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Previous Comments By 'rodcon'

A Portrait in Patience, by Pavithra Mehta

FaceBook  On Jul 7, 2010 Rod wrote:

 Pavi has done it againJ

She has taken a concept that was gasping and choking for breath, on life supports, and essentially inert, and breathed new air into its lungs with her creative skills. She has reminded us that patience is a person up and walking again (and sometimes running), very much alive, and guiding us in all of our daily activities.

 

Willing to Experience our Suffering, by Charlotte Joko Beck

FaceBook  On Dec 22, 2009 Rod wrote:

 Today's InnerNet Weekly  contains an article on the meaning and experience of suffering. The text has been extracted from a book by Charlotte Joko Beck. For a wider view of the context of that text, I suggest you also read the sections in the book titled "Relationships Don't Work" and "Relationship Is Not to Each Other."    The text on suffering focuses on the need to accept our suffering as a part (and only a part) of the vast web of relationships in which we are perpetually embedded. However, by focussing on only our own suffering, we find it difficult to realize others also suffer and we have an obligation to assist in removing their suffering. If we refuse a part of Indra's Web by judging it as 'bad', we are refusing the totality of the Web and our part in it. And, since we are an integral pat of the Web, by refusing to accept the suffering of others, we are refusing to see our essential nature as part of that Web. As a consequence of that rejection, it is also harder to accept OTHERS as part of that Web. Thus, by not accepting others we do not fully accept ourselves. This is the basis for accepting the cruelty and suffering of others and our unwillingness to accept their suffering as also part of ourselves and our obligation to help in removing it from the Web.   How do we help reduce the totality of suffering in the Web? Joko Beck has a suggestion:   "So, relationships don't work........Well, what does work then? The only thing that works (if we really practice) is a desire not to have something for myself but to support all life, including individual relationships.... But nobody really wants to do that. We don't want to support others. To truly support somebody means to give them everything and expect  nothing. You might give them your time, , your work, your money, anything. "If you need that, I'll give it to you." Love expects nothing. Instead of that we have t  See full.

 Today's InnerNet Weekly  contains an article on the meaning and experience of suffering. The text has been extracted from a book by Charlotte Joko Beck. For a wider view of the context of that text, I suggest you also read the sections in the book titled "Relationships Don't Work" and "Relationship Is Not to Each Other."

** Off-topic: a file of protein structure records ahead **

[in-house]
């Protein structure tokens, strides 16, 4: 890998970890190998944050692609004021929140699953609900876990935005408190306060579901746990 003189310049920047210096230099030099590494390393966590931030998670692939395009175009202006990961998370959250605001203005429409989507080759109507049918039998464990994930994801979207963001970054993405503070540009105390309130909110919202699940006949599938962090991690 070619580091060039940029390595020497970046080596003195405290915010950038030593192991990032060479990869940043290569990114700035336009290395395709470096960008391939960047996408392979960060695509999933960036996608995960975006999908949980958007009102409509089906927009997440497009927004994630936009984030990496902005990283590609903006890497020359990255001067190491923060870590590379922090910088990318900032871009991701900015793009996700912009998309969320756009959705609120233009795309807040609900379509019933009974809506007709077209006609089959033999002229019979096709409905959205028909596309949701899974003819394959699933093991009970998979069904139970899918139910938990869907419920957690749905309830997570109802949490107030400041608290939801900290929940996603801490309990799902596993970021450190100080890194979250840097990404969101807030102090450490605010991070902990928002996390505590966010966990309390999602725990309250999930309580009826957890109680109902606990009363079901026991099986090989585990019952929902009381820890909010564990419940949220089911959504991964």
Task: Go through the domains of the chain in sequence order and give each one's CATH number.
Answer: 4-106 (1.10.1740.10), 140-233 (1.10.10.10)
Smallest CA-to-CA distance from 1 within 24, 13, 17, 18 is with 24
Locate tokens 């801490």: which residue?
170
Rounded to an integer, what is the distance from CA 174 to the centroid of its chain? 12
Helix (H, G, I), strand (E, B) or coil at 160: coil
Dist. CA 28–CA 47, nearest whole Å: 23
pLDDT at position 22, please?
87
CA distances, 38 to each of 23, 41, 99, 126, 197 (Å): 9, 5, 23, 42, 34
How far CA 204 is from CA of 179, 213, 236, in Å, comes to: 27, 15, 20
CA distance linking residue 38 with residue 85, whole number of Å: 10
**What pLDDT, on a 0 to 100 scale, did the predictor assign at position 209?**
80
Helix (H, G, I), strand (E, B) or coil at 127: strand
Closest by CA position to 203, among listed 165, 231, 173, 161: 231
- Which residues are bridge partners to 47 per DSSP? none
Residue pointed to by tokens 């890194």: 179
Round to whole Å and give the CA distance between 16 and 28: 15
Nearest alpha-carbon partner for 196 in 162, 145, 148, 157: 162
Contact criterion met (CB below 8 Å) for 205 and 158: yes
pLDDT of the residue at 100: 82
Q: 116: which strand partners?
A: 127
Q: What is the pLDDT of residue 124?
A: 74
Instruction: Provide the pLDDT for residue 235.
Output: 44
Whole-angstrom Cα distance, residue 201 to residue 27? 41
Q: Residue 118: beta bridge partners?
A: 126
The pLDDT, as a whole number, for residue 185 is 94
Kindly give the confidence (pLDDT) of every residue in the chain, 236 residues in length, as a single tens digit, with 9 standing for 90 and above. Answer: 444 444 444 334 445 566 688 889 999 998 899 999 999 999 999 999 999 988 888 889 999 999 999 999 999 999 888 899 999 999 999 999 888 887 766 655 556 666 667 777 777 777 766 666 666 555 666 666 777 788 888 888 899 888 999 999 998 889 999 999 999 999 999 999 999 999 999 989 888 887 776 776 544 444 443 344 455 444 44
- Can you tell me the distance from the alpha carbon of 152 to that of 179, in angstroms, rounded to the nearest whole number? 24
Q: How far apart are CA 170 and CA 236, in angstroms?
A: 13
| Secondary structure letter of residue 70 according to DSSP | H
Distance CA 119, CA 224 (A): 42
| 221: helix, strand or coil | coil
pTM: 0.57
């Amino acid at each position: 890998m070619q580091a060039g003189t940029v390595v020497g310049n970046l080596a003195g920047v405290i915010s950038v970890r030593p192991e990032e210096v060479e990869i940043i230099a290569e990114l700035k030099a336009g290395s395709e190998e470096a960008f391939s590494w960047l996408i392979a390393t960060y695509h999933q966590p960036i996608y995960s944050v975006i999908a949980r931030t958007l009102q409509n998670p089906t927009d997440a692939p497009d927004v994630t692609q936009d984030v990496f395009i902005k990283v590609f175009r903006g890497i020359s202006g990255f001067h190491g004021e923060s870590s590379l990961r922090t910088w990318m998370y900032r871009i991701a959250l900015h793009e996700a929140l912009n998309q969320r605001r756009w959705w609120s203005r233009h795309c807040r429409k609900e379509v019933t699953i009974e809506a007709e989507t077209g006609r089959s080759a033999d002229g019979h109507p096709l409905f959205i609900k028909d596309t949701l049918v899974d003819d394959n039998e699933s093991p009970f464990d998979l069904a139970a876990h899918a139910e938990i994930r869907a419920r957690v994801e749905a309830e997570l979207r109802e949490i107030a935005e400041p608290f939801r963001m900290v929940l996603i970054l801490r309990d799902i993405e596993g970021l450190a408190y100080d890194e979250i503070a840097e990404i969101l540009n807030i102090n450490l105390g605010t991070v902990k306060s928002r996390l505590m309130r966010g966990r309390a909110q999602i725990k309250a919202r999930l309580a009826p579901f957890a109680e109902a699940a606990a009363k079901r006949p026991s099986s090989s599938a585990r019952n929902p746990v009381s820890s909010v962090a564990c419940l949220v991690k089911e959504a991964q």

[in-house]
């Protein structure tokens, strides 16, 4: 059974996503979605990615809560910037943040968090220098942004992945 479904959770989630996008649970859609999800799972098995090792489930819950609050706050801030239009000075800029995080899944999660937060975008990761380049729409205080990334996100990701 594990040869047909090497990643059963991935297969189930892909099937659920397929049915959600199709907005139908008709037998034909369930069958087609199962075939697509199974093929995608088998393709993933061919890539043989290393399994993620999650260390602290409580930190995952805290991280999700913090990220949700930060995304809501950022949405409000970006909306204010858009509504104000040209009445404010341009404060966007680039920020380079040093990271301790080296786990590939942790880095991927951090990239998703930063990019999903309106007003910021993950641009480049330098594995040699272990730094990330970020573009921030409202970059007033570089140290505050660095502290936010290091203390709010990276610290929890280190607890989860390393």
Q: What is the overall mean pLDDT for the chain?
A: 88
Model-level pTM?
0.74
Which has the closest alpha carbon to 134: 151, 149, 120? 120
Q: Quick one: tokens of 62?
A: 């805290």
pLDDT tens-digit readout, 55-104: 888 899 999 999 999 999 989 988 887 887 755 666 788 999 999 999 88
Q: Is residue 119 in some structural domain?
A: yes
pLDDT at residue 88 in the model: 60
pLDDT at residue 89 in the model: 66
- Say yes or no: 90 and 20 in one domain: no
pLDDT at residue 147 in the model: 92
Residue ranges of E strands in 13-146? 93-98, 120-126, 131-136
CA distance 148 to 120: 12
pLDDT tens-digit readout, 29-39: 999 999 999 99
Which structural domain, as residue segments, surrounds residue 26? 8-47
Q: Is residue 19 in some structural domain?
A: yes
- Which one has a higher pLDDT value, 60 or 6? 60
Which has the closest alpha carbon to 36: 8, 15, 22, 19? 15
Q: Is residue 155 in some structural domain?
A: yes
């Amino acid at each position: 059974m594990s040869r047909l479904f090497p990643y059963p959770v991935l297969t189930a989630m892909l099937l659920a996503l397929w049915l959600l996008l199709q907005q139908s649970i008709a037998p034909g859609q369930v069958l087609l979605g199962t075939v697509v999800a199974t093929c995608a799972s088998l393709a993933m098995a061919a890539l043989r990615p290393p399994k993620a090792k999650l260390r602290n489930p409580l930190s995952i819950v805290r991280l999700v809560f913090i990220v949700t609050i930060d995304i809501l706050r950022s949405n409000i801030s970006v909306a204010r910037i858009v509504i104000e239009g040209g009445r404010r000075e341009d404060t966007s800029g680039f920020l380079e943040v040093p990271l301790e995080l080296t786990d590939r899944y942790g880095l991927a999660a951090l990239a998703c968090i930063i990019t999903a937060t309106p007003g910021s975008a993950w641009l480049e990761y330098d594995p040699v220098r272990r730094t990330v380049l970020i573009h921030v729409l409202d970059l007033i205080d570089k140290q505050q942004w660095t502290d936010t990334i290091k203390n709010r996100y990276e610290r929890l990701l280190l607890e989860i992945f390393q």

The text on suffering focuses on the need to accept our suffering as a part (and only a part) of the vast web of relationships in which we are perpetually embedded. However, by focussing on only our own suffering, we find it difficult to realize others also suffer and we have an obligation to assist in removing their suffering. If we refuse a part of Indra's Web by judging it as 'bad', we are refusing the totality of the Web and our part in it. And, since we are an integral pat of the Web, by refusing to accept the suffering of others, we are refusing to see our essential nature as part of that Web. As a consequence of that rejection, it is also harder to accept OTHERS as part of that Web. Thus, by not accepting others we do not fully accept ourselves. This is the basis for accepting the cruelty and suffering of others and our unwillingness to accept their suffering as also part of ourselves and our obligation to help in removing it from the Web.
 
How do we help reduce the totality of suffering in the Web? Joko Beck has a suggestion:
 
"So, relationships don't work........Well, what does work then? The only thing that works (if we really practice) is a desire not to have something for myself but to support all life, including individual relationships.... But nobody really wants to do that. We don't want to support others. To truly support somebody means to give them everything and expect  nothing. You might give them your time, , your work, your money, anything. "If you need that, I'll give it to you." Love expects nothing. Instead of that we have these games: "I'm going to communicate so our relationship will be better," which really means "I'm going to communicate so you'll see what I want." The underlying expectation we bring to those games ensures that relationships won't work. If we really see that, then a few of us will understand the next step, of seeing another way of being. We may get a glimpse of it now and then: "Yes, I can do this for you. I can support your life and I expect nothing, Nothing."